A Thornton Wilder Christmas, King's Head Theatre, London

3.00

 

There's a famous scene in Citizen Kane where Orson Welles chronicles the disintegration of a sixteen year marriage in two minutes of screen time through a montage of increasingly chilly breakfast confrontations.

It was only after he had created the sequence that Welles realised that the idea was “stolen from The Long Christmas Dinner by Thornton Wilder”.  The latter piece –  in which four generations of the Bayard family take their turn at the festive board in a speeded-up succession that compresses ninety years into thirty minutes – is now presented with another early one-act Wilder play, also published 1931, The Happy Journey to Trenton and Camden, in this theatrically fascinating, if somewhat slight-seeming, double-bill directed by Tim Sullivan for Savio(u)r Company. 

Wilder was that comparatively rare bird – a man intent on deploying newfangled and subversive theatrical methods to communicate not an ideology of alienation but old-fashioned democratic sentiment and a fortifying resistance to despair.  Part of the interest here lies in watching Wilder experiment with techniques he developed in the major works.  The temporal foreshortening in The Long Christmas Dinner anticipates the dramatist's games with time in The Skin Of Our Teeth (1942), his comic-strip history of mankind.  With its resident Stage Manager who orchestrates and participates in the proceedings, The Happy Journey looks forward to Our Town (1938).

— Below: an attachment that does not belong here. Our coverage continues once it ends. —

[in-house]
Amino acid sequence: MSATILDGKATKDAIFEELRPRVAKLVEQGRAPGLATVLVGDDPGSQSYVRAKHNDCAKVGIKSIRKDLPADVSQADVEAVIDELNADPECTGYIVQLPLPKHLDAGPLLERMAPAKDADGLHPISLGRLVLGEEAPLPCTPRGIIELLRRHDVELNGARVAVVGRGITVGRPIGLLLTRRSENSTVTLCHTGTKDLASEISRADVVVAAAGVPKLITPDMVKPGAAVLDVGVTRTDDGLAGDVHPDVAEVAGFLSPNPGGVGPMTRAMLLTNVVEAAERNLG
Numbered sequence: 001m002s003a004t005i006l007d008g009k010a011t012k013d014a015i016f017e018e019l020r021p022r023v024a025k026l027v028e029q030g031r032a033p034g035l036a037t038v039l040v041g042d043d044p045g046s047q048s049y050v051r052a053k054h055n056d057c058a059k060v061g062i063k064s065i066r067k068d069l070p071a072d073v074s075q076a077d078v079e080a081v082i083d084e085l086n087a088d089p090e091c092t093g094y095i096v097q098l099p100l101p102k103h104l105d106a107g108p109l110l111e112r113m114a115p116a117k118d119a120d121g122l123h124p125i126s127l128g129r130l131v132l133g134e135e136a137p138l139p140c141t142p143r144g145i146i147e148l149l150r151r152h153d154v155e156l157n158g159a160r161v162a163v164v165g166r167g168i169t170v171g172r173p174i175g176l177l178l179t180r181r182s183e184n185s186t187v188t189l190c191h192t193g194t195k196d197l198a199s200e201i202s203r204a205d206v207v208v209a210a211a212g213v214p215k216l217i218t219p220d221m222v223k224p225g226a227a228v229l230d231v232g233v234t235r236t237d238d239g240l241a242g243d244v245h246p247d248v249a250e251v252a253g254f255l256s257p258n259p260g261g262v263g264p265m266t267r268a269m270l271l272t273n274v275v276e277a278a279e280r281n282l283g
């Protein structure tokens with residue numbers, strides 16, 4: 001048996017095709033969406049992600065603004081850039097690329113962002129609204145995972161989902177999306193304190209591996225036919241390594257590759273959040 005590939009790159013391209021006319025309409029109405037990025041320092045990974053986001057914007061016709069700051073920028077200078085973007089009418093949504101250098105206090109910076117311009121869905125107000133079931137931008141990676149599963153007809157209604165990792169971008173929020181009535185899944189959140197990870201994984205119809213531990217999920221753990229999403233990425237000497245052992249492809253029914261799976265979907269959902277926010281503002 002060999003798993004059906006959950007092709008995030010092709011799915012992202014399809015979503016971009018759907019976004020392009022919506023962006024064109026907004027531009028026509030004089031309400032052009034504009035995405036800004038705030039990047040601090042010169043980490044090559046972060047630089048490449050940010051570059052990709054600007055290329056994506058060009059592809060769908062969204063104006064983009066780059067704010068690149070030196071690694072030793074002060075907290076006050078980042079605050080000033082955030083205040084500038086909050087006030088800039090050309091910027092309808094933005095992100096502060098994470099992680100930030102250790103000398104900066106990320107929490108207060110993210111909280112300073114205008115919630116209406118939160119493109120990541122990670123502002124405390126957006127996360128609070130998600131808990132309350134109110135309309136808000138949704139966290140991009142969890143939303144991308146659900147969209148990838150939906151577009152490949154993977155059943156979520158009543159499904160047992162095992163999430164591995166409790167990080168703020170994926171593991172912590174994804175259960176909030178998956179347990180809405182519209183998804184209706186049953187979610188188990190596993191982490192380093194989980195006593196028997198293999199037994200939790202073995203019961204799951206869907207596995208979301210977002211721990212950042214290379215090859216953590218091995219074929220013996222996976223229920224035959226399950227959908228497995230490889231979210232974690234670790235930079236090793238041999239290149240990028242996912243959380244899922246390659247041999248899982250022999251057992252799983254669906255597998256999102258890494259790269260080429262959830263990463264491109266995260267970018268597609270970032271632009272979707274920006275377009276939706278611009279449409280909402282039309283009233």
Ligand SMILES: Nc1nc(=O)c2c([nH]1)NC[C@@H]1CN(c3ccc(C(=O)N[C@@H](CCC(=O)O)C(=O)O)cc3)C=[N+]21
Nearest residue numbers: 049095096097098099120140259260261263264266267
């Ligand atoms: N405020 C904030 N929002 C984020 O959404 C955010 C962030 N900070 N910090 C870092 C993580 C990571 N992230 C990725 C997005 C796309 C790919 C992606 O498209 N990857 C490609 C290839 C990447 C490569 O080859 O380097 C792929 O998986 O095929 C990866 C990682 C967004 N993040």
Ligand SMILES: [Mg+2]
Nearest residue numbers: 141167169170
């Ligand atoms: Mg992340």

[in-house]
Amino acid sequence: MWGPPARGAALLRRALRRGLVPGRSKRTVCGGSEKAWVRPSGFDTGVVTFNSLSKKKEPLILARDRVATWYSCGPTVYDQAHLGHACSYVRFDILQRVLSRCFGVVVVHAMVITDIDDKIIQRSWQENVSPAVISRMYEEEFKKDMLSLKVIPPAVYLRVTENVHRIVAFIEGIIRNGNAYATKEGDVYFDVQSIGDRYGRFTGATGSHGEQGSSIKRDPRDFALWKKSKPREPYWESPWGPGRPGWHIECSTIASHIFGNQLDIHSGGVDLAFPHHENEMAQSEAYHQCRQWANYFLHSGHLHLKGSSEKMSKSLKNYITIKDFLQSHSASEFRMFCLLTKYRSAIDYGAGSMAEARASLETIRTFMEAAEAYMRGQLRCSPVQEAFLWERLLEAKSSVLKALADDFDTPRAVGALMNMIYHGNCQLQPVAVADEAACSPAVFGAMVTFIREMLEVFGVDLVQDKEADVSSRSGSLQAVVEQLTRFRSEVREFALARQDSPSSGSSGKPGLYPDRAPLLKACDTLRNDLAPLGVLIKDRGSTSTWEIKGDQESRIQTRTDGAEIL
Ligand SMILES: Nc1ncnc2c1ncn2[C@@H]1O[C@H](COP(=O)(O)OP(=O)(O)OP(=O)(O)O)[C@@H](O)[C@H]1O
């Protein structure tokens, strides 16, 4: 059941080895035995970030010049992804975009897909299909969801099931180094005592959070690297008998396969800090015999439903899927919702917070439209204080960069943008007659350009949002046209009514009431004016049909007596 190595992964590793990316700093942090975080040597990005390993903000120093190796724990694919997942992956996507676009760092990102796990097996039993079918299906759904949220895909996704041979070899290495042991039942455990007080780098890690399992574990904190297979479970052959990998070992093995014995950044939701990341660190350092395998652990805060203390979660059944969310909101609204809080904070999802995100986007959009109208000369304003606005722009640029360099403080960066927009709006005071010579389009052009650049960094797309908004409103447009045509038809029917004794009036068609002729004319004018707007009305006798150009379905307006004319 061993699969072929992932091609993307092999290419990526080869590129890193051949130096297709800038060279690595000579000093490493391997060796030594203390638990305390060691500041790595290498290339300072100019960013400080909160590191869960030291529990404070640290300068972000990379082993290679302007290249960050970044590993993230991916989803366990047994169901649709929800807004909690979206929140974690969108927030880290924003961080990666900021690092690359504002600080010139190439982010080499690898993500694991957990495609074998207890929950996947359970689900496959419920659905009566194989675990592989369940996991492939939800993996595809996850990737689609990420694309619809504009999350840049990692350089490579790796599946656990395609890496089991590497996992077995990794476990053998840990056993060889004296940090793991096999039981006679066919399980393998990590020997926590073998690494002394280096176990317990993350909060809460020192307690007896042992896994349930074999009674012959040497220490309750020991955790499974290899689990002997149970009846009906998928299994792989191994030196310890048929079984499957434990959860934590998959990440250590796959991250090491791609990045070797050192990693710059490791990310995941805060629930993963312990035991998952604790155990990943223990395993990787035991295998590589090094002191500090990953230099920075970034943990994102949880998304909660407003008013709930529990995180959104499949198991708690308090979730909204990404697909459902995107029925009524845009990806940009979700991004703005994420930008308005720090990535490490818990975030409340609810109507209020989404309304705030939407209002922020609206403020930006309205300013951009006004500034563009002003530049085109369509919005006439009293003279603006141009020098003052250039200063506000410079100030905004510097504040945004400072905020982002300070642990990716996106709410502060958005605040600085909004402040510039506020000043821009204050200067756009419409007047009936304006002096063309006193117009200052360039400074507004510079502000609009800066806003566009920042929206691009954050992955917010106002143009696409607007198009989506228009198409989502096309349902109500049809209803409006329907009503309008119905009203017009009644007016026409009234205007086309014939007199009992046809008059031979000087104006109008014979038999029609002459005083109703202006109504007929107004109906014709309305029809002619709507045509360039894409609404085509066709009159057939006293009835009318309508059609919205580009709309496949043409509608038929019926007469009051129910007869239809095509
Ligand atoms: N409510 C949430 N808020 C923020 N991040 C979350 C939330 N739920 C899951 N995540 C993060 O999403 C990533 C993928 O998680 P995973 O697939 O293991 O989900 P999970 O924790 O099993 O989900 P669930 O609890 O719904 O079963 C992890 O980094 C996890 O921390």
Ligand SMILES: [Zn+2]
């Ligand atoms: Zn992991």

Sullivan's characterful cast prove attractively equal to the challenges posed by plays that stipulate a bare stage and minimal props.  Registering every lurch and jolt of the car trip from New Jersey in their body language, the actors portraying the archetypal Kirby family in Happy Journey beautifully convey the folksy charm, humour and sharp poignancy of a piece which celebrates how people survive grief and loss through force of habit and attending to life's practicalities.

Stephanie Beattie is deeply affecting as Ma, the gabby, moralising (and brave) incarnation of this spirit.  The eloquently paced Long Christmas Dinner offers a time-lapse look at successive phases of the Bayard family from a period when the oldest member can recall Indians through the First World War and its casualties to an age of youthful rebellion.  This endless Yuletide ritual has both elements of farce and an achingly bleak poetry of ironic repetition with refrains such as “only the passing of time can help in these things”.  You can see why the play moved Orson Welles to unconscious theft.

To January 5 2013; 0207 478 0160

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